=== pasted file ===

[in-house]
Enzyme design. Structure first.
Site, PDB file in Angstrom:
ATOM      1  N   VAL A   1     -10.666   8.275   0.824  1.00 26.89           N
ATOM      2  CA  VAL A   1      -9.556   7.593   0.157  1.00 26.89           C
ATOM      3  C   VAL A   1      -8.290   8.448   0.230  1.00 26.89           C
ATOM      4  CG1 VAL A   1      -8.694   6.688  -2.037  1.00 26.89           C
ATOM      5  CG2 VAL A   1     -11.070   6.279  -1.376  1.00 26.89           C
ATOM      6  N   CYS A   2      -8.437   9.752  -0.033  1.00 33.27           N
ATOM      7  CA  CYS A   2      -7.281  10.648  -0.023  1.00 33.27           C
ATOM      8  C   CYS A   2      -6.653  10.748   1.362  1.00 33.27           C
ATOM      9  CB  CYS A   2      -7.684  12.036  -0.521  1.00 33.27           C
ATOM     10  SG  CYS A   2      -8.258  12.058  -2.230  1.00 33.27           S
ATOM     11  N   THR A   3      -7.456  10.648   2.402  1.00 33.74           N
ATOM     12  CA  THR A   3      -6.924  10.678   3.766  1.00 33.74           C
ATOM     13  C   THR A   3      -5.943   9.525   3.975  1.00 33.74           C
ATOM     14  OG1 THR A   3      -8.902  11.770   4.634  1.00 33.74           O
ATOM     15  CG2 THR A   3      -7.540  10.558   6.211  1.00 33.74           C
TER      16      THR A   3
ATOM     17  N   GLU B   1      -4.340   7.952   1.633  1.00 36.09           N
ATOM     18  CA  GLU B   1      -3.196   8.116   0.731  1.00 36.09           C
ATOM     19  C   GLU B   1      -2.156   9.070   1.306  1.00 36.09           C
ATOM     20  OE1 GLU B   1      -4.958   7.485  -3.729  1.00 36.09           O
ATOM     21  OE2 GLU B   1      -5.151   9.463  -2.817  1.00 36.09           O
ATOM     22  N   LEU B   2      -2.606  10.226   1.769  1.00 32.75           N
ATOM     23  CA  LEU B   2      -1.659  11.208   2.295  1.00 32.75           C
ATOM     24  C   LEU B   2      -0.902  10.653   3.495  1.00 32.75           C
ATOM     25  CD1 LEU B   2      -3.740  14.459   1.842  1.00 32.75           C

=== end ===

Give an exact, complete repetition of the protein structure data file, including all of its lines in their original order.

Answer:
[in-house]
Enzyme design. Structure first.
Site, PDB file in Angstrom:
ATOM      1  N   VAL A   1     -10.666   8.275   0.824  1.00 26.89           N
ATOM      2  CA  VAL A   1      -9.556   7.593   0.157  1.00 26.89           C
ATOM      3  C   VAL A   1      -8.290   8.448   0.230  1.00 26.89           C
ATOM      4  CG1 VAL A   1      -8.694   6.688  -2.037  1.00 26.89           C
ATOM      5  CG2 VAL A   1     -11.070   6.279  -1.376  1.00 26.89           C
ATOM      6  N   CYS A   2      -8.437   9.752  -0.033  1.00 33.27           N
ATOM      7  CA  CYS A   2      -7.281  10.648  -0.023  1.00 33.27           C
ATOM      8  C   CYS A   2      -6.653  10.748   1.362  1.00 33.27           C
ATOM      9  CB  CYS A   2      -7.684  12.036  -0.521  1.00 33.27           C
ATOM     10  SG  CYS A   2      -8.258  12.058  -2.230  1.00 33.27           S
ATOM     11  N   THR A   3      -7.456  10.648   2.402  1.00 33.74           N
ATOM     12  CA  THR A   3      -6.924  10.678   3.766  1.00 33.74           C
ATOM     13  C   THR A   3      -5.943   9.525   3.975  1.00 33.74           C
ATOM     14  OG1 THR A   3      -8.902  11.770   4.634  1.00 33.74           O
ATOM     15  CG2 THR A   3      -7.540  10.558   6.211  1.00 33.74           C
TER      16      THR A   3
ATOM     17  N   GLU B   1      -4.340   7.952   1.633  1.00 36.09           N
ATOM     18  CA  GLU B   1      -3.196   8.116   0.731  1.00 36.09           C
ATOM     19  C   GLU B   1      -2.156   9.070   1.306  1.00 36.09           C
ATOM     20  OE1 GLU B   1      -4.958   7.485  -3.729  1.00 36.09           O
ATOM     21  OE2 GLU B   1      -5.151   9.463  -2.817  1.00 36.09           O
ATOM     22  N   LEU B   2      -2.606  10.226   1.769  1.00 32.75           N
ATOM     23  CA  LEU B   2      -1.659  11.208   2.295  1.00 32.75           C
ATOM     24  C   LEU B   2      -0.902  10.653   3.495  1.00 32.75           C
ATOM     25  CD1 LEU B   2      -3.740  14.459   1.842  1.00 32.75           C